No. Because then you can worry “what if he is THINKING about her”, etc. The issue is not that he is cheating. The issue is that in your relationship there is an old unresolved crisis. This crisis, like an ancient chicken filet in the fridge, is rotting and stinking.
“I understand that he is being good. He is tolerating me, trying to calm me down, trying to convince me.”
I disagree that he is being good. You both are playing a two-player game. Today, you are a prison guard, and he is a guilty kitty-cat, who at the same time does not admit his guilt.
“But I realize that this cannot continue forever. One day we will just leave.”
If he leaves – it is not the worst. In your situation, this is not the biggest issue. What is going on with you is, first and foremost, damaging to your own nervous system, to your and your children’s health. Your children are observing these toxic codependent patterns, and as a result, they are building a corresponding image of what family life is like.
“I have no strength to manage myself, my emotions, my resentment, and my anger.”
Of course, you don’t: all your resources are being spent on controlling. Instead of working on your own emotions, you are choosing to check your husband’s geolocation. But. The thing is that, while you are stuck like this, holding tightly onto your husband, you will not feel better.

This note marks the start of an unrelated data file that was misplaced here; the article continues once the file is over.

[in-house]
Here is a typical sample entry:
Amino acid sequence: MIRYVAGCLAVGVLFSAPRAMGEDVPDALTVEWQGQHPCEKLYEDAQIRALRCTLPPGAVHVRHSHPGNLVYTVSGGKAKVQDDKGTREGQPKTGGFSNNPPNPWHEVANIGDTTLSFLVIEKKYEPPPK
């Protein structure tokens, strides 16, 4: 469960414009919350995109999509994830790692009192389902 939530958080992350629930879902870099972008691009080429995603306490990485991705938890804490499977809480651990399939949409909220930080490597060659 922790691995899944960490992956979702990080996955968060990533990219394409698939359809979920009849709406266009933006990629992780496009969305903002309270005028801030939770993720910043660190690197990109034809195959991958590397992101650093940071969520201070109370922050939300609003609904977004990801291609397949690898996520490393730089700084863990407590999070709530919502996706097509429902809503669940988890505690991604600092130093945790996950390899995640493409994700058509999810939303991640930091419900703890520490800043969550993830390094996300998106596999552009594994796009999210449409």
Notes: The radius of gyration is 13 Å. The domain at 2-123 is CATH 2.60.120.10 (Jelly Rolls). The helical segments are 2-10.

“I cannot go and run my errands, to take care of myself. I neglect my children. All I want is to stay at home and “hold him by the hand”. I understand everything rationally, but when it comes to action …”
I think you are not able to leave this state just for one reason – you are not ready for a difficult journey. You want a simple solution. You want things to get better without making a lot of effort. Just like you started your letter – “save me”. It is already revealing that you are looking for an easy way out. But in your situation, it doesn’t exist.
“But my husband wants me to be pretty, to have high self-esteem, and to be an intellectual. (I need to mention that I have many degrees, I am good-looking, and I’ve accomplished many things on my own.)”